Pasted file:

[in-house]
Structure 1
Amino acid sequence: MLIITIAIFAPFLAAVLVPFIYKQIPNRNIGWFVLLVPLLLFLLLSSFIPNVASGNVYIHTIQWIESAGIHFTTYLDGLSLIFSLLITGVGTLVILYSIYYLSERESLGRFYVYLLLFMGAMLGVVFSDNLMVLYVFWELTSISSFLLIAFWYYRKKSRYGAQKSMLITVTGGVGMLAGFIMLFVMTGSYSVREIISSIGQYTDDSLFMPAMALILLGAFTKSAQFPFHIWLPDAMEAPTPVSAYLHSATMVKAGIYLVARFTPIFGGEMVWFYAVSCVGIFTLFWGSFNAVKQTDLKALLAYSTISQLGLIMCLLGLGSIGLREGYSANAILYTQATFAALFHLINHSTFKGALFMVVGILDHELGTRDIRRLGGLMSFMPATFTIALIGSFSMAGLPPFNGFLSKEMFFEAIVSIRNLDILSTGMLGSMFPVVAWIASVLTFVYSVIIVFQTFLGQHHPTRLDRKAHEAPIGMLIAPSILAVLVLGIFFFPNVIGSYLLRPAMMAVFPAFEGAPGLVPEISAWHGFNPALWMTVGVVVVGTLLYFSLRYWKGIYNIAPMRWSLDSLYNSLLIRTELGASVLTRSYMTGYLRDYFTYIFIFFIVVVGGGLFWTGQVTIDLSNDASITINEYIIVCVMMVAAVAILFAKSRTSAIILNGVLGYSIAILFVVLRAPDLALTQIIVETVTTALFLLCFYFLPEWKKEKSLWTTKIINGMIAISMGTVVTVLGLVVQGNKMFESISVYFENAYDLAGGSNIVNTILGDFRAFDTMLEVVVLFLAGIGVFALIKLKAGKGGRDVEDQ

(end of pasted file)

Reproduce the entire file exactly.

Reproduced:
[in-house]
Structure 1
Amino acid sequence: MLIITIAIFAPFLAAVLVPFIYKQIPNRNIGWFVLLVPLLLFLLLSSFIPNVASGNVYIHTIQWIESAGIHFTTYLDGLSLIFSLLITGVGTLVILYSIYYLSERESLGRFYVYLLLFMGAMLGVVFSDNLMVLYVFWELTSISSFLLIAFWYYRKKSRYGAQKSMLITVTGGVGMLAGFIMLFVMTGSYSVREIISSIGQYTDDSLFMPAMALILLGAFTKSAQFPFHIWLPDAMEAPTPVSAYLHSATMVKAGIYLVARFTPIFGGEMVWFYAVSCVGIFTLFWGSFNAVKQTDLKALLAYSTISQLGLIMCLLGLGSIGLREGYSANAILYTQATFAALFHLINHSTFKGALFMVVGILDHELGTRDIRRLGGLMSFMPATFTIALIGSFSMAGLPPFNGFLSKEMFFEAIVSIRNLDILSTGMLGSMFPVVAWIASVLTFVYSVIIVFQTFLGQHHPTRLDRKAHEAPIGMLIAPSILAVLVLGIFFFPNVIGSYLLRPAMMAVFPAFEGAPGLVPEISAWHGFNPALWMTVGVVVVGTLLYFSLRYWKGIYNIAPMRWSLDSLYNSLLIRTELGASVLTRSYMTGYLRDYFTYIFIFFIVVVGGGLFWTGQVTIDLSNDASITINEYIIVCVMMVAAVAILFAKSRTSAIILNGVLGYSIAILFVVLRAPDLALTQIIVETVTTALFLLCFYFLPEWKKEKSLWTTKIINGMIAISMGTVVTVLGLVVQGNKMFESISVYFENAYDLAGGSNIVNTILGDFRAFDTMLEVVVLFLAGIGVFALIKLKAGKGGRDVEDQ